They see our feet below
the drapes of cloth, the stripes
of purple, green, yellow.
They watch our careful steps.
The red-tongued dragon dips
and dances down the street.
They see our human feet.

Outside the air grows warm.
We follow in parade
inside the glittering worm,
this mask that hands have made.
Under the dragon’s shade,
dancing the dragon’s path,
we breathe our human breath.

“O, the dragon,” they say,
those people standing by,
but we are far away,
here in another sky;
we’ve risen in the air
above temporal things,
aloft on dragon wings.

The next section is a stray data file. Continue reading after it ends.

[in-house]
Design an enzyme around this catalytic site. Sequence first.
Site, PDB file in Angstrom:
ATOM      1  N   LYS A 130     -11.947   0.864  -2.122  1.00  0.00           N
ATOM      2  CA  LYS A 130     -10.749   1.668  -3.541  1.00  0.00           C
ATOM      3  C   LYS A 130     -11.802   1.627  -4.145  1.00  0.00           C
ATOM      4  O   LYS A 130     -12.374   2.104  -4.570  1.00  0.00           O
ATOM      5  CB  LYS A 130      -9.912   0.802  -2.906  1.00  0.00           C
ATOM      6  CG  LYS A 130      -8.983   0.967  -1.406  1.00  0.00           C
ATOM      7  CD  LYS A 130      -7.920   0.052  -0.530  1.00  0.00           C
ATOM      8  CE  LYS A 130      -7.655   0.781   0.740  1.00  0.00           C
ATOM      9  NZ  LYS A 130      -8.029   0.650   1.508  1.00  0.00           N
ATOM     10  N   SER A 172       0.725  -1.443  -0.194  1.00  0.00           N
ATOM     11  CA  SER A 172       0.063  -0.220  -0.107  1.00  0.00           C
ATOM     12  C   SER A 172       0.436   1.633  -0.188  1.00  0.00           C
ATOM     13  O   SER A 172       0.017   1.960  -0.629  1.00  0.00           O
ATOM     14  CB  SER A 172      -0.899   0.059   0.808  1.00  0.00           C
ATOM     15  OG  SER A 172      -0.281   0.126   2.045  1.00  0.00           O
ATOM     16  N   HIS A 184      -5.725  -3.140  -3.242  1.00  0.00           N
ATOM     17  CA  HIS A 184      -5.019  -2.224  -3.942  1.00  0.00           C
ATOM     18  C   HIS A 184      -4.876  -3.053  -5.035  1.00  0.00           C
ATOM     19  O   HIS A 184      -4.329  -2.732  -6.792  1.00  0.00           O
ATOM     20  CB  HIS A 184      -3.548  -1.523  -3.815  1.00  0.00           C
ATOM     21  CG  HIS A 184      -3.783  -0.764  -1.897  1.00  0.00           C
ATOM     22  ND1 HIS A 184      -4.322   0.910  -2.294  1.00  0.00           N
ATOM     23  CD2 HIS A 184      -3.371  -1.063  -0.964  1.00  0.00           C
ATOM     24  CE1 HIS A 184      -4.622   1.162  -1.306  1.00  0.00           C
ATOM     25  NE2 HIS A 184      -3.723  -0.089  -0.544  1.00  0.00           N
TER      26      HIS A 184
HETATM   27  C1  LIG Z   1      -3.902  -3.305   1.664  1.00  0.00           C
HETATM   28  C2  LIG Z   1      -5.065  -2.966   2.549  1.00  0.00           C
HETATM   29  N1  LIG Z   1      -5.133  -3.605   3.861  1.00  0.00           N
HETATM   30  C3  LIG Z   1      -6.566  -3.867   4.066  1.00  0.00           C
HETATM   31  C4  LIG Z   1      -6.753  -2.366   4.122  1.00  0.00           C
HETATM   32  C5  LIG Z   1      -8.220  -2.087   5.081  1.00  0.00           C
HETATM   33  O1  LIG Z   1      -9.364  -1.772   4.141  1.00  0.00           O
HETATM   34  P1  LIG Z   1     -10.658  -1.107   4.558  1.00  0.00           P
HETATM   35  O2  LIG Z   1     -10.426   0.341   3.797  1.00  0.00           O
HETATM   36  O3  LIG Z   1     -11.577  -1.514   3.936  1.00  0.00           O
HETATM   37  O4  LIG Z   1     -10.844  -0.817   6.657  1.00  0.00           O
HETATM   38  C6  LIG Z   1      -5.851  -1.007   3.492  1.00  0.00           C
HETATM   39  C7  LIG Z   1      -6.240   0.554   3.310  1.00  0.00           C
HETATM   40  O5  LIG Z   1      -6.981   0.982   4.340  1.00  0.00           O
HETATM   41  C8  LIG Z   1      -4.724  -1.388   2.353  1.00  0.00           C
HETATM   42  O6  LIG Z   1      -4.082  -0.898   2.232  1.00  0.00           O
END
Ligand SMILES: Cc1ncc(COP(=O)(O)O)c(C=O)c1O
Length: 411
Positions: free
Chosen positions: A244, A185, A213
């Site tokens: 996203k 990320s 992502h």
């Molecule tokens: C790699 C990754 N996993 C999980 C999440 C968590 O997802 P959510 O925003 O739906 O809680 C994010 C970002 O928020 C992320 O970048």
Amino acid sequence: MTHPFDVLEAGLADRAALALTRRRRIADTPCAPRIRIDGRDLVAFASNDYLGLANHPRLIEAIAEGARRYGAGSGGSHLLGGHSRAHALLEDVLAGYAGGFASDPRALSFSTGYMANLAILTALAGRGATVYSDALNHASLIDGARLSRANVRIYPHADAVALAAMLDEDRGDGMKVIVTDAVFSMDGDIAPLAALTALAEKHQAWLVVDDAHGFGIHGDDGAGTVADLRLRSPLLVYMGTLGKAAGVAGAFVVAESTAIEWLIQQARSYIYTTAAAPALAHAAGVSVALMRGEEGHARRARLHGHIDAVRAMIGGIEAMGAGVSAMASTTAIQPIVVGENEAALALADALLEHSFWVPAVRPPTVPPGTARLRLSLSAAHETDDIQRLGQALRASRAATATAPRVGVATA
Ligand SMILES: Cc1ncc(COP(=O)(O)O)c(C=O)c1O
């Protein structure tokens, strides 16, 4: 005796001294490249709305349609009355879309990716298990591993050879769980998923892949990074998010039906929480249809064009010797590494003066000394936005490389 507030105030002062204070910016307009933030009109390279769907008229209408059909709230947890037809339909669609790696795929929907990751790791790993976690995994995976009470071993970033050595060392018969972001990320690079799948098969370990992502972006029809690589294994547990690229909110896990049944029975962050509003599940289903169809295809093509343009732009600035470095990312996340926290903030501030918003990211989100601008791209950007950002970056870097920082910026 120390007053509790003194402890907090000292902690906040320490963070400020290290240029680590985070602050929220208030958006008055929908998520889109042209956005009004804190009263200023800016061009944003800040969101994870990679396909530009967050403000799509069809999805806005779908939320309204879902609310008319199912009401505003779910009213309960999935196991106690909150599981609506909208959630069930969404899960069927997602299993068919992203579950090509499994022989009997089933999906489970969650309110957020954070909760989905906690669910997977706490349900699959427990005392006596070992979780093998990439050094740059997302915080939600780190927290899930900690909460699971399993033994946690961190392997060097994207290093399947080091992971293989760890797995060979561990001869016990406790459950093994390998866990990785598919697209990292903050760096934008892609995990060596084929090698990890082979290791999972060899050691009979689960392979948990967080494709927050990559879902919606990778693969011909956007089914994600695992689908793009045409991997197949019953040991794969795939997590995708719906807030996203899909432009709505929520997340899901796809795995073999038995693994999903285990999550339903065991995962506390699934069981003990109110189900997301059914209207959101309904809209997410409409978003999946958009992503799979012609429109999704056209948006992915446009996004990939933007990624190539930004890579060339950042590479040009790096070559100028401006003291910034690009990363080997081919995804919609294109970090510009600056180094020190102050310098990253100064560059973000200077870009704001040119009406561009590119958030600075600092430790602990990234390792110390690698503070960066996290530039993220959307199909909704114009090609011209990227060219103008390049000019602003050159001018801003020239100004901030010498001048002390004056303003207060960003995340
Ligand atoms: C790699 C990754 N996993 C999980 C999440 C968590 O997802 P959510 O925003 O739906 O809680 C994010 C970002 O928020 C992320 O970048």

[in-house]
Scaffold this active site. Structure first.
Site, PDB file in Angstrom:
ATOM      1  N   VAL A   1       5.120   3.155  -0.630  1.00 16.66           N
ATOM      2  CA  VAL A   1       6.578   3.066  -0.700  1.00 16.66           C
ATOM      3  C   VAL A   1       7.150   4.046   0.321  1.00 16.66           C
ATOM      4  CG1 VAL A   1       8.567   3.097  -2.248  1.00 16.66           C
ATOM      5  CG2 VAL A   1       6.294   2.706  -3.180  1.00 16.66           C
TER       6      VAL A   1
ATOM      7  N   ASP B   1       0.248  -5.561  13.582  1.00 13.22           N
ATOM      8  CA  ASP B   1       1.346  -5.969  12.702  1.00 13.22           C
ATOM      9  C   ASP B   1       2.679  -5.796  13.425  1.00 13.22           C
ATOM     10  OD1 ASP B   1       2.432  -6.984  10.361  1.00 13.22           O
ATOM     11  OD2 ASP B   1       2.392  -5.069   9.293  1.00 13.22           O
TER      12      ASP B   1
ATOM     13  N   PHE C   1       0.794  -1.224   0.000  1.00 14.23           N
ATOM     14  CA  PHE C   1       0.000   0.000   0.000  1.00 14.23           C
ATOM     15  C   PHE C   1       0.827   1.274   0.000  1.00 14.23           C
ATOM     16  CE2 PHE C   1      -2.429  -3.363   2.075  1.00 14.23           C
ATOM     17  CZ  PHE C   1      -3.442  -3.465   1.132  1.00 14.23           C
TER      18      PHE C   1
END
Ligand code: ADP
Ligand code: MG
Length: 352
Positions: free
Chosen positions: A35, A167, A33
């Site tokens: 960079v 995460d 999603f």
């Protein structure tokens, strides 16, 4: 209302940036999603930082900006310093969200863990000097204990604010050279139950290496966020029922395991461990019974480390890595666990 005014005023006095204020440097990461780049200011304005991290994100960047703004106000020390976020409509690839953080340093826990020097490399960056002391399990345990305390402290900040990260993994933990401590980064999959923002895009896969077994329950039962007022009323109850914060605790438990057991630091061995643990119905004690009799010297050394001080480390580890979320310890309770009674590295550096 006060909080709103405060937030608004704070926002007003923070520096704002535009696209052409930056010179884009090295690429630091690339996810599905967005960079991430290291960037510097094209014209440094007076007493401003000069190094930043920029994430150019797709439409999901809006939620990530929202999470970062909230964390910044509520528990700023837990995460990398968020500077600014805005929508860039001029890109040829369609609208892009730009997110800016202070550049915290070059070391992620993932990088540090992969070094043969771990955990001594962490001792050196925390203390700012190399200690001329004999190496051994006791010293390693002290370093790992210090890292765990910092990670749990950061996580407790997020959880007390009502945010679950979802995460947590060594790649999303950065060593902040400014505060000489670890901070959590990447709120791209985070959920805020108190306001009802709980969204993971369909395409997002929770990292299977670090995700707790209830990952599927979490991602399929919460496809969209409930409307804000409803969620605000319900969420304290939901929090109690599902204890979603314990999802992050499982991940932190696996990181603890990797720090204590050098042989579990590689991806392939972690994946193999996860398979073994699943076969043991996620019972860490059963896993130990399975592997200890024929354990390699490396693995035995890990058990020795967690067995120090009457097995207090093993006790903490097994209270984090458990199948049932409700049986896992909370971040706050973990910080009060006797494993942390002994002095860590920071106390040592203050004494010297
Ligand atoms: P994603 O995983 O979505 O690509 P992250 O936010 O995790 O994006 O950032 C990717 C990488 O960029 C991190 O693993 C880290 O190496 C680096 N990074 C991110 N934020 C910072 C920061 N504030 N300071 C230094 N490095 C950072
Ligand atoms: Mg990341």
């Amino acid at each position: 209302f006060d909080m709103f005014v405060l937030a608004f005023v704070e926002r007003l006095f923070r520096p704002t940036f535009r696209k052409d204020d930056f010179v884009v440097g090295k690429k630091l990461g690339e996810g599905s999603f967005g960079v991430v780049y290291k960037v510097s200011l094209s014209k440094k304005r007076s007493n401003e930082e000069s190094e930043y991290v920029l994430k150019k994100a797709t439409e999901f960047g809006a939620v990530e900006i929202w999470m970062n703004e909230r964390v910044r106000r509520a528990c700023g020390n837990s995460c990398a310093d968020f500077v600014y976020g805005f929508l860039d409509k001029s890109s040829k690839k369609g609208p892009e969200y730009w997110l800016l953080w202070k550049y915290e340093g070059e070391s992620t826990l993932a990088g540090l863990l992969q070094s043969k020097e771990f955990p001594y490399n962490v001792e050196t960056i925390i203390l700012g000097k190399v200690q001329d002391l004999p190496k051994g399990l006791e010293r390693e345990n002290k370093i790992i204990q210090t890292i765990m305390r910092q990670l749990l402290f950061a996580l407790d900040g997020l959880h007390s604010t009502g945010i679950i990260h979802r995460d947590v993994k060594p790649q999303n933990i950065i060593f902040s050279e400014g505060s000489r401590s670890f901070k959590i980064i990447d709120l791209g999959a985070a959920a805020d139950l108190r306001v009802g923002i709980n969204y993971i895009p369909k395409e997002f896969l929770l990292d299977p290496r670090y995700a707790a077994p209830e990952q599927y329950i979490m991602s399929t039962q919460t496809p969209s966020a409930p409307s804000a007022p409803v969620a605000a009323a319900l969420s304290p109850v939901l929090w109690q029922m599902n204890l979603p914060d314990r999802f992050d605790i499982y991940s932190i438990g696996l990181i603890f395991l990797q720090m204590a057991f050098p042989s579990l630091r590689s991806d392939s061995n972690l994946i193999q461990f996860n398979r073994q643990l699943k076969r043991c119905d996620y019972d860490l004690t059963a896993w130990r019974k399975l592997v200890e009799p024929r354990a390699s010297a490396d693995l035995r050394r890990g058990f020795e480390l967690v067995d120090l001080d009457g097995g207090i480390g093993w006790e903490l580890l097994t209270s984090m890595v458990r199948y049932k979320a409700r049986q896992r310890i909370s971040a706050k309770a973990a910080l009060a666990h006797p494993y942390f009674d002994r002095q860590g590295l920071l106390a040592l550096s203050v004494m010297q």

Inside we are a world
untroubled by the rest.
Over our heads we hold
the dragon, manifest
its benediction.  Blessed–
and blessing all–we rise
seeing through dragon eyes.

Three years ago, I was IN a  Chinese Dragon in a Fourth of July Parade.  This poem, in Rhyme Royal, is about that experience.

Mary F. C. Pratt , July 4, 2007

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